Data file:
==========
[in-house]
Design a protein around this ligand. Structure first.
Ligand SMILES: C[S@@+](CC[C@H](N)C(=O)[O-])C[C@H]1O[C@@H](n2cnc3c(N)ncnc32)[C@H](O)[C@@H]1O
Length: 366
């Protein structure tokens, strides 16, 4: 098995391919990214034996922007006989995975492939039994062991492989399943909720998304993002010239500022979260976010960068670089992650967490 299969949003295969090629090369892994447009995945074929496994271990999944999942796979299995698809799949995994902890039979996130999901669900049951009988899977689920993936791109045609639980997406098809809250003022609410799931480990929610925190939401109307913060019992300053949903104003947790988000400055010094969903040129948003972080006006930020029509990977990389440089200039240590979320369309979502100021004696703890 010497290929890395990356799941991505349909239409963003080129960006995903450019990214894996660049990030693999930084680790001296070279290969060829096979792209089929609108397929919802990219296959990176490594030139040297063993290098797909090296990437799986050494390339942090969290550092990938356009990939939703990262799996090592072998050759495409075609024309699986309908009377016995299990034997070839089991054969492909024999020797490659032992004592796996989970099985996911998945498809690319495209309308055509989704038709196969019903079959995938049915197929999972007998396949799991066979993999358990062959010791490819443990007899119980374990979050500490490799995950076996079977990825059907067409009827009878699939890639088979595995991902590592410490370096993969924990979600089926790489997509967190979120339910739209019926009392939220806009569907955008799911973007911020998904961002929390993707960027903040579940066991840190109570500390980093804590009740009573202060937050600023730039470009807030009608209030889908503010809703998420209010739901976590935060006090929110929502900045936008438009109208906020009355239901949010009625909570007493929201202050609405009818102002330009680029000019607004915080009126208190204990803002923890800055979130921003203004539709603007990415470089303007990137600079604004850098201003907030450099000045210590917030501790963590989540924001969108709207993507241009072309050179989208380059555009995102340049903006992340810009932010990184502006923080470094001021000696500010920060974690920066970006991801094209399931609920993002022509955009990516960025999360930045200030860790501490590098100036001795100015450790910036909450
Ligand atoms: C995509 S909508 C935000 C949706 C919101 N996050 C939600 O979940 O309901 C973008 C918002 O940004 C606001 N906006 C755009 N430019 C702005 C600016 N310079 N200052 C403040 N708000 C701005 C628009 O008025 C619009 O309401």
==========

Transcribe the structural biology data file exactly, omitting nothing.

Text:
[in-house]
Design a protein around this ligand. Structure first.
Ligand SMILES: C[S@@+](CC[C@H](N)C(=O)[O-])C[C@H]1O[C@@H](n2cnc3c(N)ncnc32)[C@H](O)[C@@H]1O
Length: 366
């Protein structure tokens, strides 16, 4: 098995391919990214034996922007006989995975492939039994062991492989399943909720998304993002010239500022979260976010960068670089992650967490 299969949003295969090629090369892994447009995945074929496994271990999944999942796979299995698809799949995994902890039979996130999901669900049951009988899977689920993936791109045609639980997406098809809250003022609410799931480990929610925190939401109307913060019992300053949903104003947790988000400055010094969903040129948003972080006006930020029509990977990389440089200039240590979320369309979502100021004696703890 010497290929890395990356799941991505349909239409963003080129960006995903450019990214894996660049990030693999930084680790001296070279290969060829096979792209089929609108397929919802990219296959990176490594030139040297063993290098797909090296990437799986050494390339942090969290550092990938356009990939939703990262799996090592072998050759495409075609024309699986309908009377016995299990034997070839089991054969492909024999020797490659032992004592796996989970099985996911998945498809690319495209309308055509989704038709196969019903079959995938049915197929999972007998396949799991066979993999358990062959010791490819443990007899119980374990979050500490490799995950076996079977990825059907067409009827009878699939890639088979595995991902590592410490370096993969924990979600089926790489997509967190979120339910739209019926009392939220806009569907955008799911973007911020998904961002929390993707960027903040579940066991840190109570500390980093804590009740009573202060937050600023730039470009807030009608209030889908503010809703998420209010739901976590935060006090929110929502900045936008438009109208906020009355239901949010009625909570007493929201202050609405009818102002330009680029000019607004915080009126208190204990803002923890800055979130921003203004539709603007990415470089303007990137600079604004850098201003907030450099000045210590917030501790963590989540924001969108709207993507241009072309050179989208380059555009995102340049903006992340810009932010990184502006923080470094001021000696500010920060974690920066970006991801094209399931609920993002022509955009990516960025999360930045200030860790501490590098100036001795100015450790910036909450
Ligand atoms: C995509 S909508 C935000 C949706 C919101 N996050 C939600 O979940 O309901 C973008 C918002 O940004 C606001 N906006 C755009 N430019 C702005 C600016 N310079 N200052 C403040 N708000 C701005 C628009 O008025 C619009 O309401």